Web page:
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Summary on Goodreads.
For many, including myself, it is difficult to think of Freud as a romantic character. Thanks to preconceived views of Freud (maybe?), I couldn’t connect with the romantic side of this story.
Did Freud really have an affair with his wife’s sister? Historians neither confirm it or deny it.
I have to say that the way Freud’s Mistress is written make Mack and Kaufman literary geniuses. The writing really is brilliant, the flow is impeccable, and the narration hypnotic. Maybe too hypnotic because I couldn’t help falling asleep.
Oh, don’t get me wrong, I really didn’t find anything wrong in the story; its execution is just perfect. It’s just that everytime I started reading the book my yes wouldn’t stay open.
I have no particular interest in Freud’s life; I chose to read this book just because it is a book, and I read.
I think that my problem with the story was that I already knew where it was going (the affair), and I wasn’t interested enough in knowing how it got there because, despite the marvelous writing, there was no spark to keep me interested.
Sweet, realistic. It left me missing a kiss. I love that it didn't end with the usual happy ending.
Asher is in that age where we experiment with our sexuality. If I kissed a girl, does that make me a lesbian?
Asher wasn't the all-shy type that people could bully and take advantage of, but he wasn't the star of the school either.
We know from the very summary that his brother, Travis, died. Thus, I don't understand why some bloggers say that Asher mentioning the death of his brother at the beginning ruined the plot.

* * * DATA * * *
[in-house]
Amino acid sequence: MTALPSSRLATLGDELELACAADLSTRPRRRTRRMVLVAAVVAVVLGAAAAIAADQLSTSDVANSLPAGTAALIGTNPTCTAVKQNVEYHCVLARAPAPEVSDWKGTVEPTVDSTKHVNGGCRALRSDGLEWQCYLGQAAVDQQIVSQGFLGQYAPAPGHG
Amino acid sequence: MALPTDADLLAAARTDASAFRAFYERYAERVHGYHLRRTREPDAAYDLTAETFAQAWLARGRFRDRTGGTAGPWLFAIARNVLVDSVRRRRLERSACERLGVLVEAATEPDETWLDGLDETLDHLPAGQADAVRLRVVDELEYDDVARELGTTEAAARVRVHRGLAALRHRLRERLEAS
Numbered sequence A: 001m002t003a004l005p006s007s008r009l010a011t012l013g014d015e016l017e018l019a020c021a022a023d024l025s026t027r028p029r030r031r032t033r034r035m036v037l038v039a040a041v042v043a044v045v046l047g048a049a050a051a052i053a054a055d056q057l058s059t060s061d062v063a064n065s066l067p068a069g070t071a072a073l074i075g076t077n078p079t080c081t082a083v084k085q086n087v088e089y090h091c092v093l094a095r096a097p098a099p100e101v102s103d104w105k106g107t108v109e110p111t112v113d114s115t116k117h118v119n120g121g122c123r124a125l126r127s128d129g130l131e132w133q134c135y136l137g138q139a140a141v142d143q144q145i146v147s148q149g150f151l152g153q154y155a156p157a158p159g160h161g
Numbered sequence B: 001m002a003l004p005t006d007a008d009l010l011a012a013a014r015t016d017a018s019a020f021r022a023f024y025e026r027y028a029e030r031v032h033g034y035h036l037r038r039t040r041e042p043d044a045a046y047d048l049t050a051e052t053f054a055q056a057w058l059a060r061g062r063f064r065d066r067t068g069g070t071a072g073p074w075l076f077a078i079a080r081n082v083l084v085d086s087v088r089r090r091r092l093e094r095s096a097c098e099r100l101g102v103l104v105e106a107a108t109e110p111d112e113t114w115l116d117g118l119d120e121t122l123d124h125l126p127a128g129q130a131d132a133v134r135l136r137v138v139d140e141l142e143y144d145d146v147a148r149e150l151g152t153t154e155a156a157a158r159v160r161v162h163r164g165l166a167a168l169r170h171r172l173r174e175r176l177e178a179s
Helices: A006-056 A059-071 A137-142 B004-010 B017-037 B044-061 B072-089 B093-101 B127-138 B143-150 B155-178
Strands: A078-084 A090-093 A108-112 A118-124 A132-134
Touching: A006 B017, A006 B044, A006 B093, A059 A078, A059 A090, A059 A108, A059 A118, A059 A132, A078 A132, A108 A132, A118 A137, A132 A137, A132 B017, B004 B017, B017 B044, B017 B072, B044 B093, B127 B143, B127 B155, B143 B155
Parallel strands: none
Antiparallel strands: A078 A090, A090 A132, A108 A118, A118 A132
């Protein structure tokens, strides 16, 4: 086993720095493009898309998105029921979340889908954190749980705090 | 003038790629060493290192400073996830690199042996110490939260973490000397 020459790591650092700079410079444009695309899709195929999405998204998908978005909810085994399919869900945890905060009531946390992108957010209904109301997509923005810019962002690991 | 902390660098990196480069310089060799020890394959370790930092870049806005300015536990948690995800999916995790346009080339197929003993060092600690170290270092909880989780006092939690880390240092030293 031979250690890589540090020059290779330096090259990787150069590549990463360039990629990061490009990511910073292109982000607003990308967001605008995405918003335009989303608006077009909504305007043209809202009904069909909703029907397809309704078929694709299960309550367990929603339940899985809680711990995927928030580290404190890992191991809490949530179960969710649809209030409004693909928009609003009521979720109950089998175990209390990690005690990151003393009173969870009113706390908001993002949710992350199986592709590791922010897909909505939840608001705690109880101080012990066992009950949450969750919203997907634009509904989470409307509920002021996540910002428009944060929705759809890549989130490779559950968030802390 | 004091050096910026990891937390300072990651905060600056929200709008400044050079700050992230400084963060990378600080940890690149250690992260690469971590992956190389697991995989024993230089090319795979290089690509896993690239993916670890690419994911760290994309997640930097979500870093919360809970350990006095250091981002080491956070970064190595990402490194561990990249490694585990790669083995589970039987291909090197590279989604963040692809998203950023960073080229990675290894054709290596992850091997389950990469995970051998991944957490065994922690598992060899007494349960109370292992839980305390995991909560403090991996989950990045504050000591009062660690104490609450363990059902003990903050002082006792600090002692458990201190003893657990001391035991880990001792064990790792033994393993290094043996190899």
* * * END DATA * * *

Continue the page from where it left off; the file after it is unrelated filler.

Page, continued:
Asher likes taking pictures, but Wheeler doesn't give us a lesson in photography here.
I am also very happy that the story doesn't have a happy ending! It doesn't have a sad ending either; just a realistic end. Period. And that is what I felt while reading this book, that it was very realistic.
At some point I felt it was dragging, but then it picked up again.
The plot: there really isn't a mystery to solve. That is, Asher wasn't chasing any secret or murder, but towards the end we (he) discovers something that makes sense for the entire story.
The story deals with guilt; yes, Asher feels guilty because his brother drowned. At first, I thought the entire story was going to be about this, you know, the whole "it's my fault. I should be the one who died..." But no, the book is not like that at all.
At the end, Asher discovers something that helps him with his guilty feelings, which makes me think that, when something happens, we only look at it from our side. However, there is always a string of events that lead to any happening, and this is brilliantly explored in Asher's Fault.